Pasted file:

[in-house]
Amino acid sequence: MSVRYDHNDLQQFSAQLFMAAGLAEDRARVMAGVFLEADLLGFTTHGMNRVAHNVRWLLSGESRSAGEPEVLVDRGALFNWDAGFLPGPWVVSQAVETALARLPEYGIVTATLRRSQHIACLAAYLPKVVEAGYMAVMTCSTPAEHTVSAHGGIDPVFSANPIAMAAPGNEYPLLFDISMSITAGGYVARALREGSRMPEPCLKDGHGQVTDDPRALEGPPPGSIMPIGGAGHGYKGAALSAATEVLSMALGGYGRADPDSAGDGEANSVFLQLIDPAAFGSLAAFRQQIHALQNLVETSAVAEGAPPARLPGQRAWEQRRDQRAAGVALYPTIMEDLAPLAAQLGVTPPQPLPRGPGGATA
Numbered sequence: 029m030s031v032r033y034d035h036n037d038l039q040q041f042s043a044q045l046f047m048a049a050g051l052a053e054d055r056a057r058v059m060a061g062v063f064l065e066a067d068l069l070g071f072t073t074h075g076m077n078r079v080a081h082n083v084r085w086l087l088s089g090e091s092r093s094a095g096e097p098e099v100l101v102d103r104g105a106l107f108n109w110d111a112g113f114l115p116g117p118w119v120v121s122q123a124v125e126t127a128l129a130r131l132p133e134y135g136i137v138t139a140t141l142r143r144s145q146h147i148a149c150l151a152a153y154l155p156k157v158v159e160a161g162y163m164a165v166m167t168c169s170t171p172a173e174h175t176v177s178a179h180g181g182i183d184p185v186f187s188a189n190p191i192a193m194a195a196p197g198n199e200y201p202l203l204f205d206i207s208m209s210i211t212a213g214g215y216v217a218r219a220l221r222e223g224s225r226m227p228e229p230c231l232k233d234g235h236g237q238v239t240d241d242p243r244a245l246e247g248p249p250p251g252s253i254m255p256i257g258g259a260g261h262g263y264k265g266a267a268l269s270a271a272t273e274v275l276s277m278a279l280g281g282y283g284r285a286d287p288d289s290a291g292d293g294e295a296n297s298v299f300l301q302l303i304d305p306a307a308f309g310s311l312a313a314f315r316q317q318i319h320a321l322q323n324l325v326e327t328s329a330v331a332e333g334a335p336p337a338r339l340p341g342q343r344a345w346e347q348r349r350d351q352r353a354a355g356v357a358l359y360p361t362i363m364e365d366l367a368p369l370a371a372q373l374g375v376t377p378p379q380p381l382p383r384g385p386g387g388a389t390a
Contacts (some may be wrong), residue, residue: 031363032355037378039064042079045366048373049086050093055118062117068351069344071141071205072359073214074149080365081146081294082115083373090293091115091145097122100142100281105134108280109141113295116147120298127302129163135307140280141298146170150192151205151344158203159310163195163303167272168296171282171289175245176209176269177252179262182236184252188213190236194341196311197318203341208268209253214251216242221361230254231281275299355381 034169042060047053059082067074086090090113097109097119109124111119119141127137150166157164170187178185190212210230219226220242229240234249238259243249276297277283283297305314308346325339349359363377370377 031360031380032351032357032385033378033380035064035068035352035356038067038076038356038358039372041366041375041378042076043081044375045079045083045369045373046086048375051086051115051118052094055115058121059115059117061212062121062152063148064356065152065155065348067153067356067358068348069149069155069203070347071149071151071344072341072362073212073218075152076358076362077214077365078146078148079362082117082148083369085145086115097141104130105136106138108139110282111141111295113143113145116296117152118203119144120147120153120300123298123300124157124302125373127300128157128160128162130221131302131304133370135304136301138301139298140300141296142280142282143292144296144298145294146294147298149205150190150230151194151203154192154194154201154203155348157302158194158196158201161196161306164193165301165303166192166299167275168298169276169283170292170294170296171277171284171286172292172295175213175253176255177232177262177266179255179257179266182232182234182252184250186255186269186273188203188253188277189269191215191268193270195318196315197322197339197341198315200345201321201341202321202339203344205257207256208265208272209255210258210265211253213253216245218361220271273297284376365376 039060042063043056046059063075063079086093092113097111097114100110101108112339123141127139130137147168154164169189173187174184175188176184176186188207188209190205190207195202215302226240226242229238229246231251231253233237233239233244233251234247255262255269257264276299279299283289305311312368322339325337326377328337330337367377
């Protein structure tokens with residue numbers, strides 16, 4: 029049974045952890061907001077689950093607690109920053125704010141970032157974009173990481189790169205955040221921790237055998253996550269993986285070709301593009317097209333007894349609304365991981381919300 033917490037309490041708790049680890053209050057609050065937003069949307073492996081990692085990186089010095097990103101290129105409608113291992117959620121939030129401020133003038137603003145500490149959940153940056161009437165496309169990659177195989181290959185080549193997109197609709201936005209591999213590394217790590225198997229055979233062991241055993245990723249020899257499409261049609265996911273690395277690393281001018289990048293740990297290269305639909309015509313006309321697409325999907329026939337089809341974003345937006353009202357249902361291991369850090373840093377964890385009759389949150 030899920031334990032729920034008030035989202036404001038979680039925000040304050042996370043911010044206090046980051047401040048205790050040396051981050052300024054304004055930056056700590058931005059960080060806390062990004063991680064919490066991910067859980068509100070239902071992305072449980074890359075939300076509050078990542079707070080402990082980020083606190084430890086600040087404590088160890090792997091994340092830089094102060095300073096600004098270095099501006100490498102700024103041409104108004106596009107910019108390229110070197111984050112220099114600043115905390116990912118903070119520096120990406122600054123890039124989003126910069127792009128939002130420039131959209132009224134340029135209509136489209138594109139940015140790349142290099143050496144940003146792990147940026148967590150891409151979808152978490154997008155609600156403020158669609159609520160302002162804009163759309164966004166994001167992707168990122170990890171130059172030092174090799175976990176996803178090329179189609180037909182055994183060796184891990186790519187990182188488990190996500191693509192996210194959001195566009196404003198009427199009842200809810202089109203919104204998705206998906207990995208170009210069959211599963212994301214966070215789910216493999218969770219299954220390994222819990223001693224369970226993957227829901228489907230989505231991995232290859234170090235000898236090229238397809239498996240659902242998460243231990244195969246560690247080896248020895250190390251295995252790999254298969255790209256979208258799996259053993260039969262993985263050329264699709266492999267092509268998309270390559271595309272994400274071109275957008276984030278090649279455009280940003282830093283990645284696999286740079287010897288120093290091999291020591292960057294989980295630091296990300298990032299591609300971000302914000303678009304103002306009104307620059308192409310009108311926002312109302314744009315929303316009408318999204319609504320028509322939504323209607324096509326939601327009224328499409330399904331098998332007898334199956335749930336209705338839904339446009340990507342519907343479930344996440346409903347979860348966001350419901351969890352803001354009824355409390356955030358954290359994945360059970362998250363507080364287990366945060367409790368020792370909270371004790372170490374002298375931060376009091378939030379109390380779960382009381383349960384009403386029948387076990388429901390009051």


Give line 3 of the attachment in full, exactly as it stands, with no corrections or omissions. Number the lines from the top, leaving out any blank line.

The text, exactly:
Numbered sequence: 029m030s031v032r033y034d035h036n037d038l039q040q041f042s043a044q045l046f047m048a049a050g051l052a053e054d055r056a057r058v059m060a061g062v063f064l065e066a067d068l069l070g071f072t073t074h075g076m077n078r079v080a081h082n083v084r085w086l087l088s089g090e091s092r093s094a095g096e097p098e099v100l101v102d103r104g105a106l107f108n109w110d111a112g113f114l115p116g117p118w119v120v121s122q123a124v125e126t127a128l129a130r131l132p133e134y135g136i137v138t139a140t141l142r143r144s145q146h147i148a149c150l151a152a153y154l155p156k157v158v159e160a161g162y163m164a165v166m167t168c169s170t171p172a173e174h175t176v177s178a179h180g181g182i183d184p185v186f187s188a189n190p191i192a193m194a195a196p197g198n199e200y201p202l203l204f205d206i207s208m209s210i211t212a213g214g215y216v217a218r219a220l221r222e223g224s225r226m227p228e229p230c231l232k233d234g235h236g237q238v239t240d241d242p243r244a245l246e247g248p249p250p251g252s253i254m255p256i257g258g259a260g261h262g263y264k265g266a267a268l269s270a271a272t273e274v275l276s277m278a279l280g281g282y283g284r285a286d287p288d289s290a291g292d293g294e295a296n297s298v299f300l301q302l303i304d305p306a307a308f309g310s311l312a313a314f315r316q317q318i319h320a321l322q323n324l325v326e327t328s329a330v331a332e333g334a335p336p337a338r339l340p341g342q343r344a345w346e347q348r349r350d351q352r353a354a355g356v357a358l359y360p361t362i363m364e365d366l367a368p369l370a371a372q373l374g375v376t377p378p379q380p381l382p383r384g385p386g387g388a389t390a